Solar Energy International (SEI) is the largest and best-known solar training provider. They offer both free and paid courses online and at their training center in Paonia, Colorado. A content team from SolarReviews – including this scribe – attended the intermediate solar training course and gained a great deal of technical knowledge from it. Their introductory online course can be accessed for free.

    The 5 best solar companies

    Differentiating between solar companies can be a difficult process. There are dozens of companies offering solar panels for the residential market with similar certifications, classifications, and product offerings.

    To overcome this challenge, SolarReviews developed a scoring system that ranked solar companies based on the criteria that really matter to consumers. Our rankings don't just factor in module quality and warranty, but also things like the company's long-term ability to offer warranty and after-sales support, and, most important of all, value for money.

    After conducting a rigorous assessment of all major solar panel brands, we found these five solar companies to be the best:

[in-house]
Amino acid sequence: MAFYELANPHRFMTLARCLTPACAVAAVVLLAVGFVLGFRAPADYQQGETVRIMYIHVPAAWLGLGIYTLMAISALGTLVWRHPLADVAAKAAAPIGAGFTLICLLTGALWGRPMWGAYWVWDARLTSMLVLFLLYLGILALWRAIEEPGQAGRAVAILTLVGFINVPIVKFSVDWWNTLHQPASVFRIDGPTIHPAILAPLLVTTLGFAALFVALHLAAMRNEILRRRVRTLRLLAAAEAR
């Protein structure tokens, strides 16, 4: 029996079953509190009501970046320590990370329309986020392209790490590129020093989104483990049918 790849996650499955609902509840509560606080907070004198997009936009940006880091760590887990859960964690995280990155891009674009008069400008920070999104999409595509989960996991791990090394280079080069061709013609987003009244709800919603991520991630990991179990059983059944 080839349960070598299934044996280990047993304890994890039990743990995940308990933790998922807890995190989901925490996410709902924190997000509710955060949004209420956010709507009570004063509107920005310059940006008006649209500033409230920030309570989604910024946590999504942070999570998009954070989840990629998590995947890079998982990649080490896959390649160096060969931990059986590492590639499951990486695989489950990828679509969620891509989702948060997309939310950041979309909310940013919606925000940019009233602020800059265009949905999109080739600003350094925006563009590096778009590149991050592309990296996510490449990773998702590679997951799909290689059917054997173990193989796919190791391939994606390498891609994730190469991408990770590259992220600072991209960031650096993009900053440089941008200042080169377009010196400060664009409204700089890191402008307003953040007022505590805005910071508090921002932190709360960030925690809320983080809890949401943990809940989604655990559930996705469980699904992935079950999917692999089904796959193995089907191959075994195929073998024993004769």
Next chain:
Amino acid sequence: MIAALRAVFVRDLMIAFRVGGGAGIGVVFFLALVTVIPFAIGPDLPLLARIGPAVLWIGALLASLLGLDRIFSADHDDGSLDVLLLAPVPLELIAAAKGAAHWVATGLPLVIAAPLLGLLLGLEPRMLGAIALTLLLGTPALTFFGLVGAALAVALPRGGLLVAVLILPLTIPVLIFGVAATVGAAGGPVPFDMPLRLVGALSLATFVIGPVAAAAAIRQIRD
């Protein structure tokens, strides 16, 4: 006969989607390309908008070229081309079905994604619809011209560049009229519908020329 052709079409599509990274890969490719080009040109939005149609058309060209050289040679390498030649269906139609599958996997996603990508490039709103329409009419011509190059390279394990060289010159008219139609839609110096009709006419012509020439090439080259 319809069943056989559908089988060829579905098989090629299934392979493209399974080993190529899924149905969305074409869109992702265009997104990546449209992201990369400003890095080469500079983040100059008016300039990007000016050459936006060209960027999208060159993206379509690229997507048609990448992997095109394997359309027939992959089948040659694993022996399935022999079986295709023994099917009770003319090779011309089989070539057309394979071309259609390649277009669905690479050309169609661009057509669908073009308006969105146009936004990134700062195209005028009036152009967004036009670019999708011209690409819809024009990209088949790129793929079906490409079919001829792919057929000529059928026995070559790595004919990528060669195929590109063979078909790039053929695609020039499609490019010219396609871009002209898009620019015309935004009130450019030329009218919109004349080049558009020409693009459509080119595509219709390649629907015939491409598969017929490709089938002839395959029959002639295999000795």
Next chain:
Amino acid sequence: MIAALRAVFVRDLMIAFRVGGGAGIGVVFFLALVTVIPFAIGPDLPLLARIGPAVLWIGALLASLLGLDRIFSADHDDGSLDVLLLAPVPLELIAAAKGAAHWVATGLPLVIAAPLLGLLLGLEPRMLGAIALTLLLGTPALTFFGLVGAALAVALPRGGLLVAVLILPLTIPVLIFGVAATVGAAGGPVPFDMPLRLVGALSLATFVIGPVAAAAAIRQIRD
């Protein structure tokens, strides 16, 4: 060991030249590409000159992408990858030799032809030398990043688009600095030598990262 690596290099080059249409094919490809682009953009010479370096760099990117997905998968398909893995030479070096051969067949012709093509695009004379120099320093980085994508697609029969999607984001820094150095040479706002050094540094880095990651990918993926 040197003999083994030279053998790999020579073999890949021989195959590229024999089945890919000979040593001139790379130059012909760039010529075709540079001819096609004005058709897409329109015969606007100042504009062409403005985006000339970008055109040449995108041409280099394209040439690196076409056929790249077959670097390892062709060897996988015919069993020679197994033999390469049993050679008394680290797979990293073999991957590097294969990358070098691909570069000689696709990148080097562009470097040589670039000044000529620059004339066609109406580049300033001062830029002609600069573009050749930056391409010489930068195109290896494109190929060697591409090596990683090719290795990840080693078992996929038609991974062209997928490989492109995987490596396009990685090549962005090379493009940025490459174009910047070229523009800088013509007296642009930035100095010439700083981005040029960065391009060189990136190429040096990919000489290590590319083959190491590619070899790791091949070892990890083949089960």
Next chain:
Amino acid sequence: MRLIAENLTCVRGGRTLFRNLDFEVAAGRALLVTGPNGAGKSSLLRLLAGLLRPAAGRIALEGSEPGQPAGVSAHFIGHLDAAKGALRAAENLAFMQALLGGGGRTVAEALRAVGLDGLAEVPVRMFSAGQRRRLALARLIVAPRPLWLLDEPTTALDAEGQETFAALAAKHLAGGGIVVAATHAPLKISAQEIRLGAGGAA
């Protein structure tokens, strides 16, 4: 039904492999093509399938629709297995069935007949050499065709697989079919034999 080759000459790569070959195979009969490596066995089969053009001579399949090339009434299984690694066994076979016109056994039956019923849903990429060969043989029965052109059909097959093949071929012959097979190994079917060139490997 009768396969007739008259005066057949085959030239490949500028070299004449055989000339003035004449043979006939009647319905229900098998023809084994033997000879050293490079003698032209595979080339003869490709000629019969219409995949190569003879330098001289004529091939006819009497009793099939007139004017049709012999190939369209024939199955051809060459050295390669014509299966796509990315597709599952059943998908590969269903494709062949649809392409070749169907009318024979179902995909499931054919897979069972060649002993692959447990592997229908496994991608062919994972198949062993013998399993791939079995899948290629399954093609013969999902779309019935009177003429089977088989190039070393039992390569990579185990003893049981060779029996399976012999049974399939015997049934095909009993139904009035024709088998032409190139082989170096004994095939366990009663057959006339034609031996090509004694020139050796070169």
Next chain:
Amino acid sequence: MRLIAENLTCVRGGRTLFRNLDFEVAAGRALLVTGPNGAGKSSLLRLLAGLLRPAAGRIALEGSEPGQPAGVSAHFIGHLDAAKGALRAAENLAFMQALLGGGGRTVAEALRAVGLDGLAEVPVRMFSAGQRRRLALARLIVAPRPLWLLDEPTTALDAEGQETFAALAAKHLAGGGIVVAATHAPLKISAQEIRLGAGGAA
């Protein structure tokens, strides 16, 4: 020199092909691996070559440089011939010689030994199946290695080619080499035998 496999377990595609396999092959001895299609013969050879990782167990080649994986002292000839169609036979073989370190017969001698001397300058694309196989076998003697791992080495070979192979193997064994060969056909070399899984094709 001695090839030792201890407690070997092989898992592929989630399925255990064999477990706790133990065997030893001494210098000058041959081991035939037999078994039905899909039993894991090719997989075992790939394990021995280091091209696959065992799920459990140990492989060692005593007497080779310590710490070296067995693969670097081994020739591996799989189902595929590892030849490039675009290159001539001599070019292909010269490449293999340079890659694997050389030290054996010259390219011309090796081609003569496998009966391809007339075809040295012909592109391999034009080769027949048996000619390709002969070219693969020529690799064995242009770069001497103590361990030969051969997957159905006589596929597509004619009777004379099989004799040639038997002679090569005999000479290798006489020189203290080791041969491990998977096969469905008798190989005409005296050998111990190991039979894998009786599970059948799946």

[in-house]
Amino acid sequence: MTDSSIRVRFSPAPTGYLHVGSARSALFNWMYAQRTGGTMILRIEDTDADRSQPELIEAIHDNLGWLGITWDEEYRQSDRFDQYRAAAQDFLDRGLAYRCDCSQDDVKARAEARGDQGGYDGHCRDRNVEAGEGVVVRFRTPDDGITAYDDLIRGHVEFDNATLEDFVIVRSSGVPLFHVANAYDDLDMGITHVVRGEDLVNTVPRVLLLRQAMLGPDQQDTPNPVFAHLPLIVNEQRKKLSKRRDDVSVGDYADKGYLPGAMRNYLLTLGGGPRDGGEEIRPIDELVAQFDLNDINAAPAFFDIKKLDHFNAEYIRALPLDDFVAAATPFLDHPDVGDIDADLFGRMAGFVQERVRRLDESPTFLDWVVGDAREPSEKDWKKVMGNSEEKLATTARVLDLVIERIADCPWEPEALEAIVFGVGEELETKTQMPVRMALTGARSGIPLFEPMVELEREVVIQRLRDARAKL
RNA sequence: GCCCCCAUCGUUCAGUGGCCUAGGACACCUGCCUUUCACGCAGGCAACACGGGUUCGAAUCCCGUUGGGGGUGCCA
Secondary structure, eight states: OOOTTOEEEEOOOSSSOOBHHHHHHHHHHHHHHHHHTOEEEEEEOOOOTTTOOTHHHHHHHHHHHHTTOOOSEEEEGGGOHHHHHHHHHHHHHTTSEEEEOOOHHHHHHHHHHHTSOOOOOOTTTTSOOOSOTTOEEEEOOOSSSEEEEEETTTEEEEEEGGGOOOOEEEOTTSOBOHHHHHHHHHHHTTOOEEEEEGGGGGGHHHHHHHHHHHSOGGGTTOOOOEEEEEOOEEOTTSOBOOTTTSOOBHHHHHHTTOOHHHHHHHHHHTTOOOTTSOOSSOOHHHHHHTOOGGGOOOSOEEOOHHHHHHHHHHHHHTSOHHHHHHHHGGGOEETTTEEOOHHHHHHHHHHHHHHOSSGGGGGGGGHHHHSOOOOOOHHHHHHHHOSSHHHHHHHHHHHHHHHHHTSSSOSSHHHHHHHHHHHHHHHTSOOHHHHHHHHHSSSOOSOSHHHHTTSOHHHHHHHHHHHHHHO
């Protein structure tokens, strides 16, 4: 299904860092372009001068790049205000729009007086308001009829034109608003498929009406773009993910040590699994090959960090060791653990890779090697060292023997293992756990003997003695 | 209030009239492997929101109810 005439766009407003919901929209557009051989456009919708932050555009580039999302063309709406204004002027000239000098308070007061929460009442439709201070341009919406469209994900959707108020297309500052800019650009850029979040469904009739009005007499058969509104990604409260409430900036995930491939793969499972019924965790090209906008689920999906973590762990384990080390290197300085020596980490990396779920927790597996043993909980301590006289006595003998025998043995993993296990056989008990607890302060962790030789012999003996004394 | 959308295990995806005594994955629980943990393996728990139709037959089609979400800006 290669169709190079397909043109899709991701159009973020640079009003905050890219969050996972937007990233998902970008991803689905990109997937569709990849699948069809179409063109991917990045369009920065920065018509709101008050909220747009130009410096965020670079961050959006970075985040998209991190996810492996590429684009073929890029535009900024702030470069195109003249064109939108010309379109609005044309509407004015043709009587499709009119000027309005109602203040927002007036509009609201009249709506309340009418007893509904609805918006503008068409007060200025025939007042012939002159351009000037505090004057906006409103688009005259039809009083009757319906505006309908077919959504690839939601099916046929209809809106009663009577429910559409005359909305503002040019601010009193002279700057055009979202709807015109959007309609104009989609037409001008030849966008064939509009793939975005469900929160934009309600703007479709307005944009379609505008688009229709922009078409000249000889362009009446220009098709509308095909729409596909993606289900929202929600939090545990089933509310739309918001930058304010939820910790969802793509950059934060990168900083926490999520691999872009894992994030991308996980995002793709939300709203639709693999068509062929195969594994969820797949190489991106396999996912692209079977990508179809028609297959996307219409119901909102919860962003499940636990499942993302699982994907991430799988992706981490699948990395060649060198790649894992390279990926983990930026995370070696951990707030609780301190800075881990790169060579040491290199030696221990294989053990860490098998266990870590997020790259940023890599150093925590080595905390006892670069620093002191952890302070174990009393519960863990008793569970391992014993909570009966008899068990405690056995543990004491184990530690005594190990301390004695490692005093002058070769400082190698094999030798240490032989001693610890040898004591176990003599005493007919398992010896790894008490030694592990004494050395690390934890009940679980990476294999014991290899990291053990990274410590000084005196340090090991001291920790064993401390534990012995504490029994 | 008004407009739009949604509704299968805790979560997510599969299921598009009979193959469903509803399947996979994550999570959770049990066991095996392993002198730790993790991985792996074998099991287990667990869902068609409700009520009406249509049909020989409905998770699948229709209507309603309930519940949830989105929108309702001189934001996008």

#5 SunPower Maxeon

    SunPower Maxeon offers the very best solar panels on the market in terms of both panel efficiency and module quality. They also have an excellent network of dealers and installers, which means you can expect a high standard of workmanship on your installation.

    Given these strengths, why is SunPower Maxeon fifth on our list? A large part of it is the very high cost of their panels - they are substantially more expensive than the competition. The company has also been experiencing financial difficulties, raising questions about its ability to honor future warranty claims.

    Video: Expert review of SunPower Maxeon solar panels

    #4 Jinko Solar & #3 Canadian Solar

    Grabbing the next two positions, with virtually identical scores, are Jinko Solar (#4) and Canadian Solar (#3).